Boardroom Buzzwords: France’s Most Commonly-Used Jargon (And How to Interpret Them at Work)

France has a long and proud history surrounding its national language, dating back to the centuries when French was the universal language of cultured and educated people across Europe.  Today, French has proved its resilience by developing a dynamic network of idioms and slang terms, some of which have even made it to official French dictionaries.  Even if you’ve mastered your French and its beautiful accent, French slang spans generational gaps and may be confusing to outsiders, so learn what to say, how to say it, and what words you should simply stay away from. Here are a few key colloquialisms that you will definitely encounter on your next trip to France.


1. Le Verlan.  Verlan is a phenomenon, once considered alternative but now widely mainstream, in which syllables of words are reversed; the word verlan itself is a phonetic reversal of the word l’envers, which means “the inverse.”  For example, the word for woman, femme, is reversed to create the verlan word meuf, which can then be re-reversed into the word feumeu.

2. Ça Déchire.  Literally, the verb déchire means to tear something up, but this term is the French equivalent of saying, “That’s cool!” or “That rocks!”  Usage of this term dates back to 90s, so it’s ubiquitous among youths as well as professionals.

Photo by Mauro Cateb

Photo by Mauro Cateb

3. La Balle.  It translates as “bullet,” but in the days before France joined the Eurozone it was used to mean “franc,” much in the same way that the US uses “bucks” to refer to dollars and the UK uses “quid” to refer to pounds sterling.  Now, of course, balle is a substitute for the currency “euro.”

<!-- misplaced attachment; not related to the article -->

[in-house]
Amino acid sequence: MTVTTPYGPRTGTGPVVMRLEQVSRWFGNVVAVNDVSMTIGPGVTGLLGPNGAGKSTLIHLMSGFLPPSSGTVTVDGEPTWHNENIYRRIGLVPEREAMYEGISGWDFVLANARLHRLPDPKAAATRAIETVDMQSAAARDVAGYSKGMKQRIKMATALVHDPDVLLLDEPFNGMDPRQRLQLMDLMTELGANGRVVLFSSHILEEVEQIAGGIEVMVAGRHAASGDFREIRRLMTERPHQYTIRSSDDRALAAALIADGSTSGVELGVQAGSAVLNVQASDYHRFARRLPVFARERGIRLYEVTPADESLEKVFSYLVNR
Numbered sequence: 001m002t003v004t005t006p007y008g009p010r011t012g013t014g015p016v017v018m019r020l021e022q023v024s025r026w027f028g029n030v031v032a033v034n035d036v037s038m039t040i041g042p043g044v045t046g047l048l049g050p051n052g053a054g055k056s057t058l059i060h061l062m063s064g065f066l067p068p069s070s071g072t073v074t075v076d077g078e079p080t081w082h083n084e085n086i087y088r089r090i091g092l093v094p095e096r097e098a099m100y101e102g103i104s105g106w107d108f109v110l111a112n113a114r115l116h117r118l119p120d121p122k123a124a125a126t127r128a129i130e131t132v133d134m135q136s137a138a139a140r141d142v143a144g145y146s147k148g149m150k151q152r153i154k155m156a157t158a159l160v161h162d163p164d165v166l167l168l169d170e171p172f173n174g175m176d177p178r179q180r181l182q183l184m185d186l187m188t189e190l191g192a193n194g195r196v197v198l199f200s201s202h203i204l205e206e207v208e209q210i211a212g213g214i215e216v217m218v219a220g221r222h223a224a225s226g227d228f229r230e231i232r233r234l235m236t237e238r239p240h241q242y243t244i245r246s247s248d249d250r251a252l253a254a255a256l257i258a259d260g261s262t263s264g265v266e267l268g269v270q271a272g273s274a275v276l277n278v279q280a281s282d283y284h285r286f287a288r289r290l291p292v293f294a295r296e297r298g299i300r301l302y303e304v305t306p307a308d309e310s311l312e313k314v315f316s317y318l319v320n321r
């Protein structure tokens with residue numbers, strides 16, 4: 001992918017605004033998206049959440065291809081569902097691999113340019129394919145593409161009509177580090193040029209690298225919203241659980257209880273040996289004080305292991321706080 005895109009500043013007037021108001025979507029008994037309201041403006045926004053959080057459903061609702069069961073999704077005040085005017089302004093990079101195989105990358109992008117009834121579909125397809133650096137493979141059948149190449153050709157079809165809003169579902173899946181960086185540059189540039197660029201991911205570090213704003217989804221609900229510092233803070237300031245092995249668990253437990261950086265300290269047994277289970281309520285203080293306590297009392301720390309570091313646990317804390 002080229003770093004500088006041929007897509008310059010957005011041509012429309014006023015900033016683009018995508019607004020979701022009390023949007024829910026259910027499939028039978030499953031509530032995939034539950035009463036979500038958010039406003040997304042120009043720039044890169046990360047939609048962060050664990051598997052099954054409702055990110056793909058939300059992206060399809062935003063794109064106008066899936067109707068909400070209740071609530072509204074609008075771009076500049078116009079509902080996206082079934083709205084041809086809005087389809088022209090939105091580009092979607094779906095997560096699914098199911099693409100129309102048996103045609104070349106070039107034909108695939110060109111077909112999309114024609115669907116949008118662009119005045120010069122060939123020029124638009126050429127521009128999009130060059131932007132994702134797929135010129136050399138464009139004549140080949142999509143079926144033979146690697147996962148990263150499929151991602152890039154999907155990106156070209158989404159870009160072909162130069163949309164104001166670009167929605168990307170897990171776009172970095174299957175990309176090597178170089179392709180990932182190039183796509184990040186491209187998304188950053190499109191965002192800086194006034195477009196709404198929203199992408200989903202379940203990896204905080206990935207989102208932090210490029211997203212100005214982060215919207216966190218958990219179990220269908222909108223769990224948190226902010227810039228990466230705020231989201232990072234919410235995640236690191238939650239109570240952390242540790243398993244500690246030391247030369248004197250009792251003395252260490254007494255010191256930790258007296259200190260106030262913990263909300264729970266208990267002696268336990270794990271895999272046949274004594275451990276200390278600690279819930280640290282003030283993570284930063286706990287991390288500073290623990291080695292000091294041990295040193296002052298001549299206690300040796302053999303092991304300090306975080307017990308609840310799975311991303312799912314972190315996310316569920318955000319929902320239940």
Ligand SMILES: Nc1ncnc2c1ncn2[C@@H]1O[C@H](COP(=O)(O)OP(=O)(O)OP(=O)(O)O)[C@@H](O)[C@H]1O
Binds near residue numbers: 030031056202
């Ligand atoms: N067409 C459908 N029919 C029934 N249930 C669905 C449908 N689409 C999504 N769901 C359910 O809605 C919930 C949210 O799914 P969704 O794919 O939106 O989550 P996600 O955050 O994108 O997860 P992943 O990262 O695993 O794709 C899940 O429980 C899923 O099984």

4. Être Vénère.  Another verlan term, to say, “Je suis vénère!” is to state that you’re incredibly angry.  Vénère is the reverse of énervé, which means annoyed or irritated, so if your boss happens to mention that he’s feeling vénère, watch out!

5. Donner sa langue au chat.  Literally, “to give one’s tongue to the cat.”  This is a classic idiom that means to give up, or “throw the towel in.”

6. Arriver comme un cheveu sur la soupe.  Another weird metaphor, this translates as “to come in like a hair in the soup.”  It refers to walking into a situation at the exact worst time, resulting in an awkward standoff that nobody knows how to extricate themselves from.

Photo by Ludovic Péron

Photo by Ludovic Péron

7. Je dis ça, je dis rien.  It literally means, “I say that, I say nothing,” and is an inoffensive way of giving an unwanted opinion, or ameliorating a harsh truth.

8. Ne rien faire de ses dix doigts.  “He doesn’t do anything with his ten fingers.”  Succinctly put, it’s a snarky way of saying someone’s lazy or useless.  The opposite of this would be avoir les dents longues, which translates as “to have long teeth” and refers to someone being very ambitious.

In light of France’s diverse and ever-changing culture, the list of slang and idioms is endless.  Prepare yourself by getting started with French lessons.  Send us an inquiry to begin, or take our free online French language level test.